The only virtue of invariably applying the rule of the place of the injury is that it is easy for a court to apply. Nevertheless, in many cases, such as the present one, it bears no relation to any rational criteria for choosing one law as against another in a tort-conflicts case. The pertinent factors in a conflict-of-law or choice-of-law case have been considered by many scholars, such as Cheatham, Reese, Ehrenzweig, Currie, Leflar, Traynor and Cavers.[3] State and federal courts have *514 analyzed and applied these choice-influencing considerations in numerous tort-conflicts decisions. In a major contribution in this field, Robert Leflar has synthesized and analyzed five principal, choice-influencing considerations. Leflar, Choice-Influencing Considerations in Conflicts Law, 41 N.Y.U.L.Rev. 267 (1966); Leflar, Conflicts Law: More on Choice-Influencing Considerations, 54 Calif.L.Rev. 1584 (1966).

One consideration is predictability of result, which relates principally to consensual transactions. In the sense of serving as a guide to the conduct of the parties in the instant case, it is completely irrelevant, since predictability, with reference to rules of liability, is not a factor considered by people prior to their being involved in an accidental automobile collision. With respect to the factor of maintenance of interstate order, neither state will be affected here by what the other state does, and interstate automobile movement will not be hindered. This Court can select the applicable law without harming any interest of another state, and should not apply the law of a state which does not have a substantial connection with the total facts and the particular issue being litigated.

As to simplification of the judicial task, apart from the fact that under the Louisiana contributory negligence rule it would probably not be necessary to try this case at all, the Mississippi rules are simple and easy to apply.

A primary consideration in determining applicable law is the advancement of the forum's governmental interests. Mississippi's interests in the present controversy are evident, while Louisiana has none. The parties were residents of Mississippi, and no citizen of Louisiana is involved. If there is any recovery on a new trial, it will be by a Mississippi plaintiff-administratrix or a defendant-administratrix as counter-claimant, acting as officers of a Mississippi court for the benefit of Mississippi citizens. This state is especially concerned with the protection of its injured domiciliaries and their families, and the distribution of its domiciliaries' estates. The law selected and applied in this case will determine the effect of the contributory fault, if any, of plaintiff's and counter-claimant's decedents. It will determine whether this negligence, if any, will preclude plaintiff or counterclaimant from recovery. It is this Court's duty to further this State's governmental interests. The comparative negligence statute of this State has been effectively administered for many years and we have an interest in applying it to Mississippi residents.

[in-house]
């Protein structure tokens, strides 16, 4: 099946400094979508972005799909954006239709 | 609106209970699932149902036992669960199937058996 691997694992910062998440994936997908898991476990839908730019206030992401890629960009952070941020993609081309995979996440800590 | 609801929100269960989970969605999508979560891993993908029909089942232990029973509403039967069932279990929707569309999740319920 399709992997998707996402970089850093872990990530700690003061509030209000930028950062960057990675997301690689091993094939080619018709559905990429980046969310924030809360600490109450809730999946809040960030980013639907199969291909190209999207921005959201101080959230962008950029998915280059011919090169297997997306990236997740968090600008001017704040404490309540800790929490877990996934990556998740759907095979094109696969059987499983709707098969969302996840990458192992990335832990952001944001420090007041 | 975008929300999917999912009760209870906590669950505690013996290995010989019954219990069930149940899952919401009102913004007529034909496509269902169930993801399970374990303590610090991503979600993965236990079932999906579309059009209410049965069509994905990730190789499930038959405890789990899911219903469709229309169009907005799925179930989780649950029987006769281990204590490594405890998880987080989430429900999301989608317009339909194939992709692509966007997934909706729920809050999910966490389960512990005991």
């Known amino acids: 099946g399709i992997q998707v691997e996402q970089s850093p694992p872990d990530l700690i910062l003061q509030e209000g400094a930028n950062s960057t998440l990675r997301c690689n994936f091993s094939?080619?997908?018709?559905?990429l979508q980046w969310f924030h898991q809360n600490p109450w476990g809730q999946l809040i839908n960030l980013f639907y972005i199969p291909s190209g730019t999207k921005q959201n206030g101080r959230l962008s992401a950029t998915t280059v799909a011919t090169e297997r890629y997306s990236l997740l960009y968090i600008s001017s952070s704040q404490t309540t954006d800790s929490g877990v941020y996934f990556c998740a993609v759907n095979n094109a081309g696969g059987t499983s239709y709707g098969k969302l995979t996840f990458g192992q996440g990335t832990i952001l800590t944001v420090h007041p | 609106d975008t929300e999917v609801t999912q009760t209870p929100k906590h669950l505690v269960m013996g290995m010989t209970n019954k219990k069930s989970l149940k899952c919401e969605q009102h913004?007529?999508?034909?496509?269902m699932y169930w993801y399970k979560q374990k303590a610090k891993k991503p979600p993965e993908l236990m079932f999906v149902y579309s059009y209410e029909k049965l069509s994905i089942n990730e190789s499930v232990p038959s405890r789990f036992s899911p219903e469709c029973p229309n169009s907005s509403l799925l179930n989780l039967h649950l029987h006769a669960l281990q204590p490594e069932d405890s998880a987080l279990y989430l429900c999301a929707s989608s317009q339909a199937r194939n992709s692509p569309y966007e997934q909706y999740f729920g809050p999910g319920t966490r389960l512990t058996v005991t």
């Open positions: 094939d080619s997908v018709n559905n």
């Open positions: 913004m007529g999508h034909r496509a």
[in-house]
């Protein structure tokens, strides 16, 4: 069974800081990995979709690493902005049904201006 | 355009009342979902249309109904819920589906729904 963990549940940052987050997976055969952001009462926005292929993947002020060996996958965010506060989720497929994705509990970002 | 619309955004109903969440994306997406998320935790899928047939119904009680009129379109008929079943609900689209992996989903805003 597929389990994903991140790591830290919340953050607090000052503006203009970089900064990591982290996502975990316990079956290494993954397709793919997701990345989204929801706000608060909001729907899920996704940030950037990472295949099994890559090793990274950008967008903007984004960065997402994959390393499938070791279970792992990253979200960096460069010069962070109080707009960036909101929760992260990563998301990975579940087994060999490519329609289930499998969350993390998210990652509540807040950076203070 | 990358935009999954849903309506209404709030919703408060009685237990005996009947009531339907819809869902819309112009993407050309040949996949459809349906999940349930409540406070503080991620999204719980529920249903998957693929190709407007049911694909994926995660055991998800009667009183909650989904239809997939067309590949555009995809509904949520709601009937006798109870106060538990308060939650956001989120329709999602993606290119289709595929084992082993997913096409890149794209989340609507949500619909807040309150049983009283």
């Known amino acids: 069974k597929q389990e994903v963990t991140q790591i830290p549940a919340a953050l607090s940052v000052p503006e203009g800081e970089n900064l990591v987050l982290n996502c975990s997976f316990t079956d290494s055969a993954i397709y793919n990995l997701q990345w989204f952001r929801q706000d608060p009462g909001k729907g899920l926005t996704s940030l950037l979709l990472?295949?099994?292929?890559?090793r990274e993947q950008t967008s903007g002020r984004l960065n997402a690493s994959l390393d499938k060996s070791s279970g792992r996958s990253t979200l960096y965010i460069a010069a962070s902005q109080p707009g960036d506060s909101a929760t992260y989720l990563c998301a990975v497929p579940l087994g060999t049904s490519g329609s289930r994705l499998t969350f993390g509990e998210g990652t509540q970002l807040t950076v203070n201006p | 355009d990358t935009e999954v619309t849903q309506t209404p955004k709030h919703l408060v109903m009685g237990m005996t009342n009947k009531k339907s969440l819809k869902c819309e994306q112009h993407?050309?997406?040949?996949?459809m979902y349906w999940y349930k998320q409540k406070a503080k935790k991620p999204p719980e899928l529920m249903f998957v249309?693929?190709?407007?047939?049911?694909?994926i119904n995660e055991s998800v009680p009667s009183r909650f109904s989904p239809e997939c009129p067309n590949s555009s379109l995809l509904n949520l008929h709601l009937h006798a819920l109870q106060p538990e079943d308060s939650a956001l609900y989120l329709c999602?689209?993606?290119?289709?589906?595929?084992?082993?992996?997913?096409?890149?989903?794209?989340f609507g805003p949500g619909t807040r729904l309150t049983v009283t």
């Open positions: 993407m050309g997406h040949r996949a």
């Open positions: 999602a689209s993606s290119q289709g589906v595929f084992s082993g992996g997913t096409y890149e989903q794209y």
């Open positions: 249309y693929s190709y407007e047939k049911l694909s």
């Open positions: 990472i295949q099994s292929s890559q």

Finally, an important consideration is application of the better rule of law. We believe in our own law in this instance. Comparative negligence, although utilized in diverse ways in only seven states, is a fairer and more economically equitable standard of liability than that of the common-law rule of contributory negligence.

This analysis leads quite definitely, we think, to the application of the substantive law of Mississippi in this case. These relevant choice-of-law or conflict-of-law considerations are factual, realistic, and can be tested by a qualitative process of evalution.

In Browning v. Shackelford, 196 So. 2d 365 (Miss. 1967), while the question of the application of the most substantial relationship rule was not directly presented, both the controlling and concurring opinions indicated a willingness to examine the validity of the rule in tort-conflicts cases.

Craig v. Columbus Compress & Warehouse Company, No. 44,910, 210 So. 2d 645. (Miss. May 20, 1968), determined the law applicable to cotton warehouse receipts. It was held that Mississippi law was applicable for two reasons: The general rule favored application of the law where the property was located; and the most substantial relationships to the events, parties and property were in the forum state. *515 With regard to the second point, the Court observed:

In recent years there is a trend in some state and federal courts to adopt the "center of gravity doctrine." This doctrine is a rule whereby the court trying the action applies the law of the place which has the most significant relationship to the event and parties, or which, because of the relationship or contact with the event and parties, has the greatest concern with the specific issues with respect to the liabilities and rights of the parties to the litigation. 15A C.J.S. Conflict of Laws § 8(2) (1967). In the instant case, all of the interested parties are within the borders of Mississippi. The warehouse receipts are Mississippi contracts. The theft of these receipts occurred within this state. The property was stored in Mississippi. The cotton was released under Mississippi law on duplicate receipts. The cotton was grown, harvested and baled in Mississippi. In fact, everything with reference to the transaction occurred within this state, except the sale of stolen warehouse receipts [which occurred in Tennessee].

Moreover, in other areas of conflicts law this Court has examined choice-influencing considerations and the most significant relationships of the occurrence and the parties in order to determine the choice of applicable law. Burnham Van Service, Inc. v. Dependents of Moore, 250 Miss. 165, 164 So. 2d 733 (1964) (workmen's compensation); Mandle v. Kelly, 229 Miss. 327, 90 So. 2d 645, 92 So. 2d 246 (1956) (workmen's compensation); see Crawley, Conflict of Laws in Mississippi as to Contracts, 14 Miss.L.J. 240 (1942).

The Restatement (Second) Conflict of Laws (Proposed Official Draft, Adopted May 24, 1968) summarizes the rules which we think are applicable to this case: